This collection is located on-site.
Terms Governing Use and Reproduction
Single photocopies may be made for research purposes. The RBML maintains ownership of the physical material only. Copyright remains with the creator and his/her heirs. The responsibility to secure copyright permission rests with the patron.
Identification of specific item; Date (if known); New York Juvenile Asylum records; Box and Folder; Rare Book and Manuscript Library, Columbia University Library.
Selected Related Material at Other Repositories
Records of the Children's Aid Society New-York Historical Society. New York, New York.
Papers of Charles Dewey Hilles, 1902-1909 Yale University.
No additions are expected
Materials may have been added to the collection since this finding aid was prepared. Contact firstname.lastname@example.org for more information.
Immediate Source of Acquisition
Method of acquisition--Transferred from Teacher's College Archives; Date of acquisition--2006.
About the Finding Aid / Processing Information
Columbia University Libraries, Rare Book and Manuscript Library
Papers cataloged Lea Osborne 2010.
Papers processed April Holm (GSAS 2010) 2009.
2010-07-10 File created.
2010-07-13 xml document instance created by Lea Osborne.
2010-08-04 Additions Integrated; Finding aid edited by Lea Osborne.
2019-05-20 EAD was imported spring 2019 as part of the ArchivesSpace Phase II migration.
History / Biographical Note
Biographical / Historical
The New York Juvenile Asylum (NYJA) was founded in 1851 by a group of prominent businessmen and professionals concerned about vagrancy among poor children in New York City. The Asylum was designed to house, educate, reform, and find placement for the numerous homeless and runaway boys and girls found daily on the streets of New York. The founders conceived of the Asylum as a place for non-delinquent children--an alternative to the punitive House of Refuge for young criminals. After operating in Manhattan for over half a century, the NYJA moved to Dobbs Ferry, New York, where it became a boy's school. In 1920, the institution was renamed Children's Village, and it continues to operate under this name today.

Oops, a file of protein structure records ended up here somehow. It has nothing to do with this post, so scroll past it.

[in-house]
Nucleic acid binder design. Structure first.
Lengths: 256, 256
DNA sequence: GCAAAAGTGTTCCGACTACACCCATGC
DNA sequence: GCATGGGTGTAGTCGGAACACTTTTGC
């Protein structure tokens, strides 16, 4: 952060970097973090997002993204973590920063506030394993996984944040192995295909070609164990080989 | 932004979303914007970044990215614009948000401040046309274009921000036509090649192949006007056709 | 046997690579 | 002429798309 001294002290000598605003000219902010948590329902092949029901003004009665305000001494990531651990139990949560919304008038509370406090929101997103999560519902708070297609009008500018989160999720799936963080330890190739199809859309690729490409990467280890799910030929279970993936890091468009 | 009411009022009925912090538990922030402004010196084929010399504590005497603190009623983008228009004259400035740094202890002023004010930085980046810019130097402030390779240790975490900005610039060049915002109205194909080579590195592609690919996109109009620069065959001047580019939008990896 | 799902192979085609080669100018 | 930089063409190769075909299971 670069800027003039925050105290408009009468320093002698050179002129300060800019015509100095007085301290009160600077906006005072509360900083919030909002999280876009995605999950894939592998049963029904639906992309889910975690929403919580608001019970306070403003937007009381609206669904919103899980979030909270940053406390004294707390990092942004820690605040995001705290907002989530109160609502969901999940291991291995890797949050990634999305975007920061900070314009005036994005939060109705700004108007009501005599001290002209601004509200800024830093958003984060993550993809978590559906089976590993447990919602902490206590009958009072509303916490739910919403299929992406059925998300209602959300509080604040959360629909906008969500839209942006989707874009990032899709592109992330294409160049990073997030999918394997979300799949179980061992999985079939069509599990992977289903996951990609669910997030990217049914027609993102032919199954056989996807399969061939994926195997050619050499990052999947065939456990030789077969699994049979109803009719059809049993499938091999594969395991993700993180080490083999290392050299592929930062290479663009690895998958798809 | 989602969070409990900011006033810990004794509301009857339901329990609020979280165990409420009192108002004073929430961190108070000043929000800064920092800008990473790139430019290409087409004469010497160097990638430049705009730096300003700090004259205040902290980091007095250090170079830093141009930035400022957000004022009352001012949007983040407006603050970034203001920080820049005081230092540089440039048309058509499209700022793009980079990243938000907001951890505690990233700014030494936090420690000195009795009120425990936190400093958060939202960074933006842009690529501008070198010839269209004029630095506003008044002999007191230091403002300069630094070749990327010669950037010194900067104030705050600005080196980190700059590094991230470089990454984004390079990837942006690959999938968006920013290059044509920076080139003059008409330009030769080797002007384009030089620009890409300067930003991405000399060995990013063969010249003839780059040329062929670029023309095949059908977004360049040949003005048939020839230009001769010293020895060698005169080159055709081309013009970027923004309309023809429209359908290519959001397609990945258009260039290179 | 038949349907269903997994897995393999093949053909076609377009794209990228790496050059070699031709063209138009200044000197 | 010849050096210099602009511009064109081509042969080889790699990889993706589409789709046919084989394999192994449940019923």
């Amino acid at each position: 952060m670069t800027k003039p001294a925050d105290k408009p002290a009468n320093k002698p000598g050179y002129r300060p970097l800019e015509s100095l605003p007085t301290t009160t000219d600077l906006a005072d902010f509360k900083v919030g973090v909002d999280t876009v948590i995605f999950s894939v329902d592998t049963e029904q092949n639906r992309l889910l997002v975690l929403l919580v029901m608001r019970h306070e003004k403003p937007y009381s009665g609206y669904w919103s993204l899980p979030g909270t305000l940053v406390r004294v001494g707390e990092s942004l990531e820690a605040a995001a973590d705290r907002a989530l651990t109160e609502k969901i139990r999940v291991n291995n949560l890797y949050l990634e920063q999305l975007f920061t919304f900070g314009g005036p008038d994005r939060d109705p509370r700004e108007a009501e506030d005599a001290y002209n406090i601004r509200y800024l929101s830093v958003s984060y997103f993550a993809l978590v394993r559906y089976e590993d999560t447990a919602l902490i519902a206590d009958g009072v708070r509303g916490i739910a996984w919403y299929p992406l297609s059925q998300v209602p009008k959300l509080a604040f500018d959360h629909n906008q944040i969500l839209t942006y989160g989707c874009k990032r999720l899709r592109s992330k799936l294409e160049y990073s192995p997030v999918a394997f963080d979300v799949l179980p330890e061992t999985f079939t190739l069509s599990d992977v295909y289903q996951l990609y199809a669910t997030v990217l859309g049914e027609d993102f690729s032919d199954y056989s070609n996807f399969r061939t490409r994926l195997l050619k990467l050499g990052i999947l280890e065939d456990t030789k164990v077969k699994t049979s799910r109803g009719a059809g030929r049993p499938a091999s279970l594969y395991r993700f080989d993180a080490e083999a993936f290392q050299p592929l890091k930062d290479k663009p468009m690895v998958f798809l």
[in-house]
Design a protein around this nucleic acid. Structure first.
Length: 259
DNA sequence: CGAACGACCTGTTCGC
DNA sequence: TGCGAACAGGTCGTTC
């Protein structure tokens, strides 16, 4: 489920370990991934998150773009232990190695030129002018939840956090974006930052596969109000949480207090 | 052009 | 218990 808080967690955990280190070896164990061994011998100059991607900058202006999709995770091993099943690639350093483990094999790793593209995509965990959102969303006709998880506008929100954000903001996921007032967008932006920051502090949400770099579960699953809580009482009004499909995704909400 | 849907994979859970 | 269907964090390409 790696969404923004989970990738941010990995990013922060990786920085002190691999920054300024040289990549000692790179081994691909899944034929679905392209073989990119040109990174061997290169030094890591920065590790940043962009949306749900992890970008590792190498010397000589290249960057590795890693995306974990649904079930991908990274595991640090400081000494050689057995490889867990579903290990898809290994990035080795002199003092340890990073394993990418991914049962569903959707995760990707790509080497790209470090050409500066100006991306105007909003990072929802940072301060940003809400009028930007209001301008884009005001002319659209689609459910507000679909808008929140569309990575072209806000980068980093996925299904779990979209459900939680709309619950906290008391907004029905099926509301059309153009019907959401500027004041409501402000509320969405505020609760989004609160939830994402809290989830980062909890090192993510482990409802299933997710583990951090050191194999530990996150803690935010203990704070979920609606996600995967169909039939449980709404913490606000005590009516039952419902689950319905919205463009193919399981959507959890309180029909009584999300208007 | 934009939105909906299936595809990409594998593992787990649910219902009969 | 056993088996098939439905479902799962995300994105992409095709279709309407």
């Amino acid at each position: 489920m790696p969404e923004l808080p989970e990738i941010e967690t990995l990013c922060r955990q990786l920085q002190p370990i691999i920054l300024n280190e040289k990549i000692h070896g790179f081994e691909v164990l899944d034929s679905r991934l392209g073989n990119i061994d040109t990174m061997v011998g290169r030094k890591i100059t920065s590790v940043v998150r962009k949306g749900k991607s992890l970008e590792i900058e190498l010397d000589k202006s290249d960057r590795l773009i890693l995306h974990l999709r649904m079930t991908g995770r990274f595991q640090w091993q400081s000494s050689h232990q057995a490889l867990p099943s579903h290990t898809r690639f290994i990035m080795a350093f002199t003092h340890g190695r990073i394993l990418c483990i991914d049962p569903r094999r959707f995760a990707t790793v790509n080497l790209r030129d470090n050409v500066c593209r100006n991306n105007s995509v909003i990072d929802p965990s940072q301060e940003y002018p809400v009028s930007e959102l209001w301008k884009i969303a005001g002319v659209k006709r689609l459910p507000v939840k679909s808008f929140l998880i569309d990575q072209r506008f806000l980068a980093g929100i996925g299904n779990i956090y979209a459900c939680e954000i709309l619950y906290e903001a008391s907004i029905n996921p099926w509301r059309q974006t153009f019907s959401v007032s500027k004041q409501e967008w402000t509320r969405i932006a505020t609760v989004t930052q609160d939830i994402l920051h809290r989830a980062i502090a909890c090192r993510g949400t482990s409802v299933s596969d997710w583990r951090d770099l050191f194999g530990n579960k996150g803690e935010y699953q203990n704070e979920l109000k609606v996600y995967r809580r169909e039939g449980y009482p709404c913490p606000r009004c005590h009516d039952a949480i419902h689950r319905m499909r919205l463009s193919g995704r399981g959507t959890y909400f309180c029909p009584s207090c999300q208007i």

From 1854 to 1905, NYJA occupied a large building in Washington Heights on 176th Street between Tenth and Eleventh Avenues. The building was the hub of a larger social services network that extended throughout New York City and into the towns of the West. Children reached the Asylum in several ways. Many were found vagrant or committing petty theft and were delivered to the NYJA by the police. Others were removed from homes that were deemed unfit, and quite a few were surrendered by parents or relatives too poor or too incapacitated to care for children. No matter their origin, children first arrived at the House of Reception on West Thirteenth Street where they were assigned a case number. After a few days assessment at the House of Reception, staff sent appropriate cases uptown to the Juvenile Asylum, where children received six hours of schooling a day as well as moral, religious, and vocational training.
Many of these children traveled to the West (on "orphan trains") where they were indentured to farmers. The NYJA had a permanent agent stationed in Illinois to assist in placing children with families. The Asylum kept track of the children until they reached adulthood, sometimes corresponding with orphans and the families with which they were placed for years. These materials provide abundant information about the experience of "orphan train" children apprenticed to Western states.
Not all children at the NYJA were truly orphans and many were released to parents or family members after periods of financial difficulty had passed. No records exist for these children after they were reunited with families.
At the dawn of the twentieth century, as new ideas about social work spread though the United States, the building in Washington Heights began to feel cramped and outdated. In 1901, the trustees of the NYJA held an architectural design competition for a suburban facility to be built on a farm in Dobbs Ferry, twenty miles north of Manhattan. The winning design featured a cluster of residential cottages that quickly earned the nickname "Children's Village." The new facility had space for less than a third of the youth who had lived in the Manhattan asylum. Before the 1905 move, female, African-American, Jewish, and Catholic children were sent home or to other institutions. In 1920, during a reorganization that promoted a therapeutic model of care, the institution's name was officially changed to "Children's Village." Children's Village still operates as a treatment center and residential facility for boys in Dobbs Ferry, New York.